I recently reconnected with a teacher of mine, and, as I shared a frustrating experience with him, he reminded me of the importance of being able to tolerate discomfort.
Even thinking about “tolerating discomfort” makes me … uncomfortable. But I was so grateful for his reminder.
I wrote about allowing discomfort quite a while ago, and it’s a theme I revisit periodically. Because I forget: my mind gets busy trying to make things the way I think they should be SO THAT I am not experiencing discomfort.
But: what if the very discomfort I’m experiencing is exactly what I need to experience in order to grow into the place, the self, the life, I desire?
I am not saying that we should tolerate negativity or abuse or situations we can readily change by willingly acting on our desire to change them.
But sometimes there are situations we cannot readily change — they are not so clear-cut, and there may actually be nothing for us to “do” at this very moment. This is an uncomfortable place to be. It is the space of ambiguity, the (sometimes vast) gray area of uncertainty. Most of us will go to great lengths to not be here.
When I am feeling particularly crabby or “off” or I catch myself slamming into a wall again and again trying to make something happen, there’s a good chance that my mind is actively avoiding discomfort by trying to “move the furniture.”
(“Moving the furniture” is my metaphor for those times in life when there is really no clear action to take, but because fear has a hold on me, I try to do something — anything — in order to feel more control. In other words, the room may be perfectly fine and functional, for now, but I am moving the furniture here and there anyway, trying to predict how I’ll want it next month or next year.)
Something I’ve learned in these past few years of working with some very dear clients is that, frequently, when someone says “I’m stuck”, what’s really going on is an unwillingness to tolerate discomfort.
In an emotional sense, the feeling of stuckness is very real, because the unwillingness to allow the discomfort to be there creates a contraction in the body. It’s like rigidly setting your jaw or tensing your abdomen. There’s no flow.
What happens when we give space to discomfort? What happens when we are not frantically searching for the “right option” or course of action so we can get rid of it, but we simply allow it to be there? Just breathe into it, even for ten seconds or so?
I notice that, often, what is underlying my own discomfort is sadness. Just pure sadness.
This does not make me a “sad person”. Sadness, as Karla McLaren says in her book The Language of Emotions, is “the watery emotion.” It is about letting go and moving on.
We may feel a hint of sadness even about small “letting-go’s”, like finishing a book we’ve dearly loved reading, or donating some clothing we no longer want. And let’s face it, there’s not a lot of space for sadness in Western culture.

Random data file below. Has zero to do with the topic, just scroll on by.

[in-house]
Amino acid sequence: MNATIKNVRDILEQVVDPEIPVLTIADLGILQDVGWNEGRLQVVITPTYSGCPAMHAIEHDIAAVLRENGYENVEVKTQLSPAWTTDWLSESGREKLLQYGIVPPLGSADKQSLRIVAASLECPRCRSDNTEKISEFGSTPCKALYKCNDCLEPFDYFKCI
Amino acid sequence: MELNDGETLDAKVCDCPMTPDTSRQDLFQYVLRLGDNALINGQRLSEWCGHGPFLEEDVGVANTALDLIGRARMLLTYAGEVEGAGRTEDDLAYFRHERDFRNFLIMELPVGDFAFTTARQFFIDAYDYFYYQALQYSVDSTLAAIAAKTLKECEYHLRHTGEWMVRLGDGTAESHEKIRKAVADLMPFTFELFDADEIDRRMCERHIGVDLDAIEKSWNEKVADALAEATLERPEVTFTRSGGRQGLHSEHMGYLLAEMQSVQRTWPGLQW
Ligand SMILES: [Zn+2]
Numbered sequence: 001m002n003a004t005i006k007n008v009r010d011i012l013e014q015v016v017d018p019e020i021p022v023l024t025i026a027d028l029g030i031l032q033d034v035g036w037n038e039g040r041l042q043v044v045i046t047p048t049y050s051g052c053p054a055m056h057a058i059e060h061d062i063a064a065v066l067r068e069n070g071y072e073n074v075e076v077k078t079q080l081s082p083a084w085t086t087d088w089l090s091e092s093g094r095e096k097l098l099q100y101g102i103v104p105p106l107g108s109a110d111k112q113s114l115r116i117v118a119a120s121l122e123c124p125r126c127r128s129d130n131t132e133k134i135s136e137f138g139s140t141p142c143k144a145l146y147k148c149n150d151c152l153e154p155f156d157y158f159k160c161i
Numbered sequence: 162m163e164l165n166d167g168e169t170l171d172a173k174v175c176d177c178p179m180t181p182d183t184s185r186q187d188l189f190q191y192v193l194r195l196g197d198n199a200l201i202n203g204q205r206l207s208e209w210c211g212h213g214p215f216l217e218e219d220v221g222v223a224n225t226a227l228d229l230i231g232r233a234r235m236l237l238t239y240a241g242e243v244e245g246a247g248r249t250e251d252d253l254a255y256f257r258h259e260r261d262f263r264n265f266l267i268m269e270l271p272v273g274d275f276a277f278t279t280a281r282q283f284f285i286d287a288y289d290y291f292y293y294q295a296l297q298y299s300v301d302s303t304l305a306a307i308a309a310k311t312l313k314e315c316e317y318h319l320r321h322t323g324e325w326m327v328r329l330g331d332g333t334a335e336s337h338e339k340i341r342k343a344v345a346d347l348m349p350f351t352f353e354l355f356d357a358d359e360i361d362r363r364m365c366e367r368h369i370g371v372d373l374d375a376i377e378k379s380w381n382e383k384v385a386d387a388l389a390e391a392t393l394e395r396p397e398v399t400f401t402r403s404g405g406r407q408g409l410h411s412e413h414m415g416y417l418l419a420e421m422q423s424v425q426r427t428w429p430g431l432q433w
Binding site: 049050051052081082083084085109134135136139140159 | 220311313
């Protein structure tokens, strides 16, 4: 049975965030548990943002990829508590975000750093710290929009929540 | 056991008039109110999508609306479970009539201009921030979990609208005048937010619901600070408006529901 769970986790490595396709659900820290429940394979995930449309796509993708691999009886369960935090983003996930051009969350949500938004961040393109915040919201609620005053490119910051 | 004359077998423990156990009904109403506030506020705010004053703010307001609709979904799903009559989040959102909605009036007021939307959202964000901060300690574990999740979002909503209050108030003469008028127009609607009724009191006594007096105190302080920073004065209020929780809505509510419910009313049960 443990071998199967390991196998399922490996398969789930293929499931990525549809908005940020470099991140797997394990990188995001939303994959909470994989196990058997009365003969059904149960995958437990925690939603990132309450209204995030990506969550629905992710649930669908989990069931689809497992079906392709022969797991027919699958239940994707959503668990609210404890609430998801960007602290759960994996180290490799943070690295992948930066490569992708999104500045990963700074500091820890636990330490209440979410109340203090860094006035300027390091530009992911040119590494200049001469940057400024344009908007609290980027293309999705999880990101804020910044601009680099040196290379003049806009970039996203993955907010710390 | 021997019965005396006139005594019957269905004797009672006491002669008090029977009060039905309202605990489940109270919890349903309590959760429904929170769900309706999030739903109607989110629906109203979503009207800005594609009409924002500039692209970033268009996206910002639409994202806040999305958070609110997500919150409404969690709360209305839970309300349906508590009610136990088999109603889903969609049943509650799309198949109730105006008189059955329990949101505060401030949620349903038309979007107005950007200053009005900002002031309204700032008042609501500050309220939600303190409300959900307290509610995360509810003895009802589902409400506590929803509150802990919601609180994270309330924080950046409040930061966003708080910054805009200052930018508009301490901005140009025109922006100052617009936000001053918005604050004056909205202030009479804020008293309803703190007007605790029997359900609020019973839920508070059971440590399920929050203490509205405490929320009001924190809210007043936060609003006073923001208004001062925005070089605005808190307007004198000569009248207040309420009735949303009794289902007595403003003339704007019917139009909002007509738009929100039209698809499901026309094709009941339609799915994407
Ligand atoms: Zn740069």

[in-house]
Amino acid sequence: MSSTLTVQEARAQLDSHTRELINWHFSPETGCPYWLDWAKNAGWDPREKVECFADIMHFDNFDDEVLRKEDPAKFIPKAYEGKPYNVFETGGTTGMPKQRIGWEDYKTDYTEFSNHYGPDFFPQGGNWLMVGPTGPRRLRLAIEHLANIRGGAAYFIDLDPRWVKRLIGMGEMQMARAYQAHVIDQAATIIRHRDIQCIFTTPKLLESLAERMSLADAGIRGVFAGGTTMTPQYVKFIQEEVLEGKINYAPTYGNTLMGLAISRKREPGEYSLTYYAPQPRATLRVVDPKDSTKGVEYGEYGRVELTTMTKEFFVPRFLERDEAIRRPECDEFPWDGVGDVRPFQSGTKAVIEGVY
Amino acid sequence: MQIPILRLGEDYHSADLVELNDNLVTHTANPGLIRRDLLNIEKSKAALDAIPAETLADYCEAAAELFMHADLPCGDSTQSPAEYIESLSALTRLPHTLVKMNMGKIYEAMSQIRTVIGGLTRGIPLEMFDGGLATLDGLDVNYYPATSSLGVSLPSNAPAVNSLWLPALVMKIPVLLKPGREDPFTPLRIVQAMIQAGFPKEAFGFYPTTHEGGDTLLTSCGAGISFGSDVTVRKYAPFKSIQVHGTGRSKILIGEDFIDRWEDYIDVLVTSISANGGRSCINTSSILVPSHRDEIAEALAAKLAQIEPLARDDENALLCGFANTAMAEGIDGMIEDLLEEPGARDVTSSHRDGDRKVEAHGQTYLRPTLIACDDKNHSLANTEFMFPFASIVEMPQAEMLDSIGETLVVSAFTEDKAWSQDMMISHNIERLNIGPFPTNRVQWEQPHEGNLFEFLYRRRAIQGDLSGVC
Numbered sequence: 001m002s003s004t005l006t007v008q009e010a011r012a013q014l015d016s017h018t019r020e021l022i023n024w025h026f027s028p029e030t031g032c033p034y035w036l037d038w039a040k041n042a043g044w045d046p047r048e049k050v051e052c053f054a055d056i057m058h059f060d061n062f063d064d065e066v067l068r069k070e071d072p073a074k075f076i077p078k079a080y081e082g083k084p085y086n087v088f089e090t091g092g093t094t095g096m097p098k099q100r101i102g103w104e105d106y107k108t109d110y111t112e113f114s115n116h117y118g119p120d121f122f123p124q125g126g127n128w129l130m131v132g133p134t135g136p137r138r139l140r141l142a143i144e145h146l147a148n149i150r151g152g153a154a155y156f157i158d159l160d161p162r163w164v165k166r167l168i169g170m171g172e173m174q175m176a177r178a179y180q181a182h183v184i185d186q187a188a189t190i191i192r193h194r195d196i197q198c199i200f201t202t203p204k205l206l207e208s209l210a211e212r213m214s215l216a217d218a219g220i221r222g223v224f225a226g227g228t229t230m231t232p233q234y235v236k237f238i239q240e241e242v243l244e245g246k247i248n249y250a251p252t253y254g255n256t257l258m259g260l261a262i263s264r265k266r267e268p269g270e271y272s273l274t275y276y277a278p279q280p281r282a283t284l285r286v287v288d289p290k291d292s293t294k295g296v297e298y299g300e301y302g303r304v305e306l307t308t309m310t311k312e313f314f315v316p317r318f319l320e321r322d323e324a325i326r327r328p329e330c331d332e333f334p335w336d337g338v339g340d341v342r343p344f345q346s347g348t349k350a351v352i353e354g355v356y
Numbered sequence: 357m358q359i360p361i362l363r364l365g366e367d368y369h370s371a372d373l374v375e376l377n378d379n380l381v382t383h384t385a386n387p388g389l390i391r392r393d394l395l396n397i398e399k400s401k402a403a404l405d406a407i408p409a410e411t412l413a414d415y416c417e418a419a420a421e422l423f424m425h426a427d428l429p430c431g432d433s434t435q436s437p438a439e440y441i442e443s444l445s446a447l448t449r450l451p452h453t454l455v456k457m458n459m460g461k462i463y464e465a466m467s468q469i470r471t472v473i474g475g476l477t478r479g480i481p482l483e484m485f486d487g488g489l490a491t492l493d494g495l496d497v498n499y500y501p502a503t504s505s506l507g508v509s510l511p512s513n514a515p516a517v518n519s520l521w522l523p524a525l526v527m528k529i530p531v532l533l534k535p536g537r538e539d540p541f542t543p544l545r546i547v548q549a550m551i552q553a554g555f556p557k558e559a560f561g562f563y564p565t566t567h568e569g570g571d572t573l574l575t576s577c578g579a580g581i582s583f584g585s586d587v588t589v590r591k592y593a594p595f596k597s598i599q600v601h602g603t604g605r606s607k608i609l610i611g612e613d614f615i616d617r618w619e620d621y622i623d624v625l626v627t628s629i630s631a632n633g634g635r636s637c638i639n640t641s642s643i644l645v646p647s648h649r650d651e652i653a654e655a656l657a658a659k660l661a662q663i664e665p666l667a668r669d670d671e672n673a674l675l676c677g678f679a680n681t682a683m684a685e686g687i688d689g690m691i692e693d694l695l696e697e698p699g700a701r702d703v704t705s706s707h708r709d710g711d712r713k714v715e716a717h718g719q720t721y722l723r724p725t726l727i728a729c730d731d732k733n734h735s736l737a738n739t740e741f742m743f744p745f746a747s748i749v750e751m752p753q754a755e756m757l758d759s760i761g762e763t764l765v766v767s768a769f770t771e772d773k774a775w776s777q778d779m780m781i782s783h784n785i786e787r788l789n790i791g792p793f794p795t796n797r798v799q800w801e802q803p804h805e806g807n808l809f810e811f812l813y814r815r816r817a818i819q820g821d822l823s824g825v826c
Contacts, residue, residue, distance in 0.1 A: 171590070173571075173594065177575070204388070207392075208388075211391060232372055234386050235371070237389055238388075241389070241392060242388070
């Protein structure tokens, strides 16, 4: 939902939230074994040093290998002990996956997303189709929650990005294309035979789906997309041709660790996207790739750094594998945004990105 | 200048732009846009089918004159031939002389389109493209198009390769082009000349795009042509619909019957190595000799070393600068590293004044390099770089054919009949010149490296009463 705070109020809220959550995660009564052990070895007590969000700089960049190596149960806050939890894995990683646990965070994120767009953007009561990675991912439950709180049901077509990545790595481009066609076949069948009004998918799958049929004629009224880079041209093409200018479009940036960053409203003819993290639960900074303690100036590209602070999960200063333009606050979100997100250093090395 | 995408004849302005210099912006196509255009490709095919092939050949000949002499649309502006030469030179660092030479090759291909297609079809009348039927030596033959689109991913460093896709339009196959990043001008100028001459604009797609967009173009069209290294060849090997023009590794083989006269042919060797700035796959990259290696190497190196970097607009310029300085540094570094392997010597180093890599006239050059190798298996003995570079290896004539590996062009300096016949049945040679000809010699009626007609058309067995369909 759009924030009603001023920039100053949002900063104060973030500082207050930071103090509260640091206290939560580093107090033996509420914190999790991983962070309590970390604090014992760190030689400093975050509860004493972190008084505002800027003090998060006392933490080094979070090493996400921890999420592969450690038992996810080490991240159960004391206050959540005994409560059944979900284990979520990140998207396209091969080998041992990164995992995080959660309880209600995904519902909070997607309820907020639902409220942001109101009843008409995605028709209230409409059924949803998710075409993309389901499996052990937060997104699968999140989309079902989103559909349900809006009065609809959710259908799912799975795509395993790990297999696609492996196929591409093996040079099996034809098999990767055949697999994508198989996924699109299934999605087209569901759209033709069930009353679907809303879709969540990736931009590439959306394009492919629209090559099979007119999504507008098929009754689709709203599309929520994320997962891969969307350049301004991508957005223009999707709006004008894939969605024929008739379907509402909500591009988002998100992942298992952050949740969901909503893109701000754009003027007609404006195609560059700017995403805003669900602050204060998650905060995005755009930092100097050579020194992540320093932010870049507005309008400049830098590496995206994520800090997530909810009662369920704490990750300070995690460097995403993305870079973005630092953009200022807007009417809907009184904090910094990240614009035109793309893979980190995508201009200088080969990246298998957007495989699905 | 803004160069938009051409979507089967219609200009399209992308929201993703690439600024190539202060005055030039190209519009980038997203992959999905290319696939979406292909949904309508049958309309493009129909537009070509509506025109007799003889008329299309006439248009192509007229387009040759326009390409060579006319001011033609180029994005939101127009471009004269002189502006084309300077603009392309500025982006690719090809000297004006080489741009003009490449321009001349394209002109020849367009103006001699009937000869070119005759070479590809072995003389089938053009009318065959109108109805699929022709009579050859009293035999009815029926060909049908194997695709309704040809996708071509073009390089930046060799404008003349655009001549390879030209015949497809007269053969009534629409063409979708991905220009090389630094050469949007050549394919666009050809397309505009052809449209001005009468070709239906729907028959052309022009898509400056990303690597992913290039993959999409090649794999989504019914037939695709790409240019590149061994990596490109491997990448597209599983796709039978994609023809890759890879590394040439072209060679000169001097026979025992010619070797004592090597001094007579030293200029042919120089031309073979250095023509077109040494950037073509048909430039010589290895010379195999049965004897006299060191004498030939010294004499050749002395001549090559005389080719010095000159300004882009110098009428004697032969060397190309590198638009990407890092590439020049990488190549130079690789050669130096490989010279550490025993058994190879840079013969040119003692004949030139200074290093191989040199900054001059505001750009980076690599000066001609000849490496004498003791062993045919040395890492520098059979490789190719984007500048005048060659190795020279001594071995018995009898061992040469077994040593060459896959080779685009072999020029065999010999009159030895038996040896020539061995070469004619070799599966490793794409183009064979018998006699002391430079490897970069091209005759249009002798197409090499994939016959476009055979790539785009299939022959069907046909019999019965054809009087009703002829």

But these small sadnesses are part and parcel to letting go, moving on, sorting through what needs to be processed and integrated so we can allow movement and flow into our bodies and our lives.
Speaking of flow, I am experimenting with allowing tears more in my daily life. Obviously, not all situations are appropriate or safe for the expression of tears, but sometimes, tears are a totally good thing when I might normally stifle them, and I’m finding the expression allows people to feel closer to me and creates more real connection.
(I don’t mean I’m going around bawling. I’m just allowing the tears to come forth rather than forcing them back. Like, after I saw Hello, My Name is Doris last week, I let myself be all teary and emotional coming out of the theater, because I loved the character of Doris. In the bathroom, I looked over at the woman at the sinks next to me and saw that she, too, was wiping her eyes, and we shared this lovely, appreciative smile.)
Creativity is, at its most essential, the life force moving through us. If we are not allowing discomfort, if we are pushing it down and analyzing or strategizing in order to avoid it, there will be a deadness to anything we attempt to create.
You’ve probably felt it when something you’ve created is a little too “sterile” or “perfect”, with not enough feeling, not enough oomph!, not enough flow. Any chance you were trying to avoid discomfort in some way there? I know I’ve done this in my writing many times.
What do you notice about allowing space for discomfort in your life? What happens if you try it for ten seconds? I’d love to hear your experience.
Do you need support in making your creative work a priority in your life, in a way that works for YOU (not the way you think you should do it!)? I’d love to help. Find out more, here.